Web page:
With an average ground level of 1.5 m above sea level, the Maldives is the lowest county on the planet with its highest point ending at 2.3 m. above sea level. The country is in dire straits as sea levels are set to rise 59 cm above sea level by 2100. This pace would likely be accelerated if natural disasters are to be accounted for. The 2004 tsunami affected many of the inhabited islands of the Maldives, where only 9 islands escaped flooding. 57 islands faced serious damage to its infrastructure, 14 had to be completely evacuated, and 6 were decimated.
Physical destruction aside, the flooding of the Maldives would also signal the destruction of the proud Maldivian culture, as well as the complete loss of the identity of its people and sovereignty. While plans were made to buy land in India, Sri Lanka and Australia to keep the country going, it essentially makes people strangers of the Maldives in foreign countries. It is possible, perhaps, that this country of 400,000 people can live in vertical structures floating in its own waters. That way the legacy and memory of the Maldives can live on, albeit in vastly different repetitions. At the same time, the republic in this new form can continue to be supported by its famous tourism industry. The floating states of the Maldives may still be recognized as a series of islands, but are essentially technical wonders of buoyancy and altitude. The network of towers soars up to a maximum of 1000 m above sea level and their keels plunge 1000, below, courteous total areas of up to 56 times that of the combined Petronas Twin Towers, maintaining the density of its capital, Men. As the population increases, more modules can be added to the structure, increasing the heights of the towers and expanding the network, like land reclamation, only by floating. So we have a dialogue between the tallest and the lowest in the world, close by; looking down the remains of his previous generation of housing, proudly looking up to a new age of urban lifestyles. Floating states of the Maldives — a new paradigm of new sovereign states.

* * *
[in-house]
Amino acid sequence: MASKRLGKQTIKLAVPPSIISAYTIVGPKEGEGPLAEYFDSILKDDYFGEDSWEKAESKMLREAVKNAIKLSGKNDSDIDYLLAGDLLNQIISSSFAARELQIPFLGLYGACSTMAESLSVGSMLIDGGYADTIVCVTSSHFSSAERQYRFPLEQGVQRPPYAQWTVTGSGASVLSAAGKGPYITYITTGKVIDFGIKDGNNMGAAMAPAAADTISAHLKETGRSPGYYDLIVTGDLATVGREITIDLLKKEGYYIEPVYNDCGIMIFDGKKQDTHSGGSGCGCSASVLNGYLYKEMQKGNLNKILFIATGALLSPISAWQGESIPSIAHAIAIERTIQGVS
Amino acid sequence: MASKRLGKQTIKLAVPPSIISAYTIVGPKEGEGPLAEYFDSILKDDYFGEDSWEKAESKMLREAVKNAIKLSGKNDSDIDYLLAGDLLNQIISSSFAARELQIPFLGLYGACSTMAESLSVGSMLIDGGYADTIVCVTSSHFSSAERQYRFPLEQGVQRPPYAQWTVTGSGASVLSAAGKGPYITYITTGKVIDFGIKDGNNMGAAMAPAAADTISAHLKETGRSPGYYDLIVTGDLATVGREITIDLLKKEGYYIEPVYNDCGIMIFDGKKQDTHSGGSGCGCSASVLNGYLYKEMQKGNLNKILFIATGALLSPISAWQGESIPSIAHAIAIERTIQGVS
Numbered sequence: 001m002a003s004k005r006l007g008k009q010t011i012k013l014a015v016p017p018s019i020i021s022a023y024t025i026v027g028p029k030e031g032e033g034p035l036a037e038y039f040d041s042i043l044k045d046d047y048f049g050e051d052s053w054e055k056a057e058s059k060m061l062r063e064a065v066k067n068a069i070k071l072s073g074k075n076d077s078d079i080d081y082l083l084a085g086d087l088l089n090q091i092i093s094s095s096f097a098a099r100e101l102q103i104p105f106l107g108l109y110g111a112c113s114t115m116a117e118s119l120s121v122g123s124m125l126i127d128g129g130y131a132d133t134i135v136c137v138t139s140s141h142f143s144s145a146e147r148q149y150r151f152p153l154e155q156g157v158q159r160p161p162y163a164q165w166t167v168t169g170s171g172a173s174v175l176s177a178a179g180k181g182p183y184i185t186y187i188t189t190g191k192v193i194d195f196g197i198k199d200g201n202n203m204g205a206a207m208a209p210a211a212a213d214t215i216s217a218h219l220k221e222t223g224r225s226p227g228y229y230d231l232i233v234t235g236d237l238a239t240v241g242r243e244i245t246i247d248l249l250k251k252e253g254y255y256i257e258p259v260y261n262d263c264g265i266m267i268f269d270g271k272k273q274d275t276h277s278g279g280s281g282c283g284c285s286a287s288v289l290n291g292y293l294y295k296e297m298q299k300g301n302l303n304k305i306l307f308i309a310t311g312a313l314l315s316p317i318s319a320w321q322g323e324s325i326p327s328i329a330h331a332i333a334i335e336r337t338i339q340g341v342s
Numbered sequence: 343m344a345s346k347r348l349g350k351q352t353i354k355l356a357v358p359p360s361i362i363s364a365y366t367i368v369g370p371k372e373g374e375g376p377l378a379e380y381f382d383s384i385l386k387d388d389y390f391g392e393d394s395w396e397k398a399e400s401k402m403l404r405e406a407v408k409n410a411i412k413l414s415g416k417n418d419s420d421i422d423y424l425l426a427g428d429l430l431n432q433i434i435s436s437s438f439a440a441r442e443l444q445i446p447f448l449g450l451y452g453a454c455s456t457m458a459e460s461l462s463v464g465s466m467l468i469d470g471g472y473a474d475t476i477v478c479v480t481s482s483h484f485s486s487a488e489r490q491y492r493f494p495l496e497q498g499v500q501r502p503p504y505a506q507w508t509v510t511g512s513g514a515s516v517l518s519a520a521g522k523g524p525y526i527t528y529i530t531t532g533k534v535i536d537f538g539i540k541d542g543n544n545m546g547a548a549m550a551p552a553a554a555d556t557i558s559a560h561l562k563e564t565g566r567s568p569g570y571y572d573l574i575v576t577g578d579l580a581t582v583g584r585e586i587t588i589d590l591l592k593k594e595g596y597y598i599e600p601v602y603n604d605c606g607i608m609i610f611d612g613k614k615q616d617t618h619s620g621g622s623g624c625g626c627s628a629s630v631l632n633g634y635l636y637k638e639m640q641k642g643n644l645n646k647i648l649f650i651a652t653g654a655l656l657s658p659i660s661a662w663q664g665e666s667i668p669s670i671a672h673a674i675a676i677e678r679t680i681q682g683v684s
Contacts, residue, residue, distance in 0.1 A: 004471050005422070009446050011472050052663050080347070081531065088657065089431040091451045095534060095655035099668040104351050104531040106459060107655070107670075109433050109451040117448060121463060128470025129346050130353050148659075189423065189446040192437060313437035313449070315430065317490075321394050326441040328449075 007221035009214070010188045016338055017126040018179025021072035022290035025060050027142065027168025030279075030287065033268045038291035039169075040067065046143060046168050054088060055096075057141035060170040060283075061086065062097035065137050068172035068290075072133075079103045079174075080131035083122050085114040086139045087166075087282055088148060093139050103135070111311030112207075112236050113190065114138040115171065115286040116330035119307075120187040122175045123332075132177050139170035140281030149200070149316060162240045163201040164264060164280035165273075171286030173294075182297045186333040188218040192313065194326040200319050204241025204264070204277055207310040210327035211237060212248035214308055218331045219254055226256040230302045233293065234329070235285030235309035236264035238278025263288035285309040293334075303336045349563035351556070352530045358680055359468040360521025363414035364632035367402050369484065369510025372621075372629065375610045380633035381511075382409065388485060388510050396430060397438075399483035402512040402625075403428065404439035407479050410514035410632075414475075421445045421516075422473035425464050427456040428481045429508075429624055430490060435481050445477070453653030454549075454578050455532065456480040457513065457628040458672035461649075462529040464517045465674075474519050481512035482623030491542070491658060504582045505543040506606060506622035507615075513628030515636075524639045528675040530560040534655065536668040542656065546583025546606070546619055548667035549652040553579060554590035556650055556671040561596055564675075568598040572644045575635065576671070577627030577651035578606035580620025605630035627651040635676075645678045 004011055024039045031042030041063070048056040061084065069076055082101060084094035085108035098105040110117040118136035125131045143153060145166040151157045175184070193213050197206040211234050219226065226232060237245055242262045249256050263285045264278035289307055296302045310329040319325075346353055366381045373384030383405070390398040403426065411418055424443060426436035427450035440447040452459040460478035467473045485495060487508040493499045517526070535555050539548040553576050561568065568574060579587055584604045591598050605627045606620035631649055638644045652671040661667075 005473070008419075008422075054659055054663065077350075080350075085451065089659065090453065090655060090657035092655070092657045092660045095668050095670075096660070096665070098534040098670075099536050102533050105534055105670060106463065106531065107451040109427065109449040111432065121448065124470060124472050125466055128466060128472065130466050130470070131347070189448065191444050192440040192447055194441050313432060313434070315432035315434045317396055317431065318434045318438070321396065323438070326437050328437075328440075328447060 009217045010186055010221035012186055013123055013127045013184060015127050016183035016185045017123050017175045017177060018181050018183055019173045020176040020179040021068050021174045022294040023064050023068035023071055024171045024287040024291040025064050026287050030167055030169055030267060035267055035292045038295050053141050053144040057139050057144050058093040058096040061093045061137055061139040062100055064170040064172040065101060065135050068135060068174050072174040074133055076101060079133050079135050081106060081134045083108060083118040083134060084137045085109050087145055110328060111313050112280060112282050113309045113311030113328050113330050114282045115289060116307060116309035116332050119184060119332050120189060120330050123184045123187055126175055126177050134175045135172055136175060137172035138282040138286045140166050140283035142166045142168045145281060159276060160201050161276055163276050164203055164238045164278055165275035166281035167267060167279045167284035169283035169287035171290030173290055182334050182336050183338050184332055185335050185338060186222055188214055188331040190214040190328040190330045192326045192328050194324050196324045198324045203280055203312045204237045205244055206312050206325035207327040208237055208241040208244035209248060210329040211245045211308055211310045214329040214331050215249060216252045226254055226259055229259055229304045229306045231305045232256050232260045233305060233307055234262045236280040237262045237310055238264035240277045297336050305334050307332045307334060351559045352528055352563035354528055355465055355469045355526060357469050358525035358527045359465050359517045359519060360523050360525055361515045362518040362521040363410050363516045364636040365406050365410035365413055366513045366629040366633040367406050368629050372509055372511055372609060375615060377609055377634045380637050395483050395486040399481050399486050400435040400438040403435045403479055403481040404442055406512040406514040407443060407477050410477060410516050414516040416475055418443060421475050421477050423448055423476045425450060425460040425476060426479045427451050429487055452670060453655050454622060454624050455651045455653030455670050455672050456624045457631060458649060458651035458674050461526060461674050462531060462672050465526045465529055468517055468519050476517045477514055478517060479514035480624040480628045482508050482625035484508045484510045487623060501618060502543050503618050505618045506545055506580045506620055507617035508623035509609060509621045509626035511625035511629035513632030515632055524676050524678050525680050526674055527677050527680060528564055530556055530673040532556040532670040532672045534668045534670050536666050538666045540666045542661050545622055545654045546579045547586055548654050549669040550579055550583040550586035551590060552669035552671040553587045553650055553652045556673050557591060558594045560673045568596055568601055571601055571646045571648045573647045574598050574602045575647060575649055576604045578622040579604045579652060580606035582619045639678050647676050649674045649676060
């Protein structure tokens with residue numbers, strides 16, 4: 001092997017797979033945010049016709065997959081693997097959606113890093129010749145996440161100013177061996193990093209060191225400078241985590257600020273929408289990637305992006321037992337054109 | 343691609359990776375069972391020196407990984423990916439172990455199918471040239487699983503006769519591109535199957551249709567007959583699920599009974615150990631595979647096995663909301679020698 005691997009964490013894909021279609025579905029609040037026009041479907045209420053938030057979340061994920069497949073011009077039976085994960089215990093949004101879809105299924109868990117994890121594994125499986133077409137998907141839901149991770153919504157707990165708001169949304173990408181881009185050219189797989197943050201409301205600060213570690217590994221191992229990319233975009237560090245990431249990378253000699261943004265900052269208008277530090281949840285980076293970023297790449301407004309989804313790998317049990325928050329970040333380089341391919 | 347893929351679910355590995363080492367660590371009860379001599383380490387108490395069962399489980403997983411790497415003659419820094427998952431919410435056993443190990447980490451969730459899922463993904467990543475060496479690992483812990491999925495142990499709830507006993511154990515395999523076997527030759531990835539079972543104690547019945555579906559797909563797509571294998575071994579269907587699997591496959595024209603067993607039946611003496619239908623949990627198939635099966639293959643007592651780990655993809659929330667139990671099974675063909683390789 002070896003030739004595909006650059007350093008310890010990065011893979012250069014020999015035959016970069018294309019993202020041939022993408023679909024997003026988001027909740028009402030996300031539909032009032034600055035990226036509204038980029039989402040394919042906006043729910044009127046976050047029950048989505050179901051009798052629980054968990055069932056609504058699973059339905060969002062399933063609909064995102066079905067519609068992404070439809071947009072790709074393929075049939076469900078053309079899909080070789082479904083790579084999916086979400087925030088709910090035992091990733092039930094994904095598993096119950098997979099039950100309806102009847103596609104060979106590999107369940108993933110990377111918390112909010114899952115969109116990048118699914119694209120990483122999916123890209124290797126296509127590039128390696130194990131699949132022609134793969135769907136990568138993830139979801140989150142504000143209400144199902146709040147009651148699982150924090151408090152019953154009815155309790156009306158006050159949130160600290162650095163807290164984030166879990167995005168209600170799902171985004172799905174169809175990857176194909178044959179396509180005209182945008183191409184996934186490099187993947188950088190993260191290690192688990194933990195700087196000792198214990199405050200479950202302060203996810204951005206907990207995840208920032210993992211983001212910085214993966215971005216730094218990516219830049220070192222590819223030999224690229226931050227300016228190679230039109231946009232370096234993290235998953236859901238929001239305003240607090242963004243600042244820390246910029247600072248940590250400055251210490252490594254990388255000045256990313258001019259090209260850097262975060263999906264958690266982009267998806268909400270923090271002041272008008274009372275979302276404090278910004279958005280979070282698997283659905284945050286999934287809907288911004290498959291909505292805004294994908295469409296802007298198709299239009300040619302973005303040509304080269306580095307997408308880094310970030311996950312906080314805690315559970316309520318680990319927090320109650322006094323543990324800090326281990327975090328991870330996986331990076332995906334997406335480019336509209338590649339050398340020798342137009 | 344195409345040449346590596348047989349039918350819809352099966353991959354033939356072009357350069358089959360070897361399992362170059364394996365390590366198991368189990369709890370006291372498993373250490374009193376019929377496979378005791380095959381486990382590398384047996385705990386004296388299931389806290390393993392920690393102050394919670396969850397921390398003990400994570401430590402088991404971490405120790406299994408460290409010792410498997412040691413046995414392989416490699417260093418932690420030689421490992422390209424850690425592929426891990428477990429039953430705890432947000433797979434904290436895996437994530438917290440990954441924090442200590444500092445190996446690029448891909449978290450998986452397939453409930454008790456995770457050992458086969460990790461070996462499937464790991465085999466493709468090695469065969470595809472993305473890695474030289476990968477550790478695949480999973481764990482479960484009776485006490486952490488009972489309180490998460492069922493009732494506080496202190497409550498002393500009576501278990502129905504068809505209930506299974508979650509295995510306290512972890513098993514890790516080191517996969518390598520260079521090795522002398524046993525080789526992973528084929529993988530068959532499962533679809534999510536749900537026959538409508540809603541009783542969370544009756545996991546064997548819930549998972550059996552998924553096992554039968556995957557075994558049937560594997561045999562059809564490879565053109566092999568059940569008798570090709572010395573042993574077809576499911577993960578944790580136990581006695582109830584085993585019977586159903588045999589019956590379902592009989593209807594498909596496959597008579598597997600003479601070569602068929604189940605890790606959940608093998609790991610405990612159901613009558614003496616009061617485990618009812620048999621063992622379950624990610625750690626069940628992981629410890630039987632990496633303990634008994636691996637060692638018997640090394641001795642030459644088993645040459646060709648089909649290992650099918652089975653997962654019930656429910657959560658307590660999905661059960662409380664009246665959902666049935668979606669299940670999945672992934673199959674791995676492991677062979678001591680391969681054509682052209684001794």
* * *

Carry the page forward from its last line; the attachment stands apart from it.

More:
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Summer is outside, and if we are going to the sea, it’s time to decide where and what you take with you.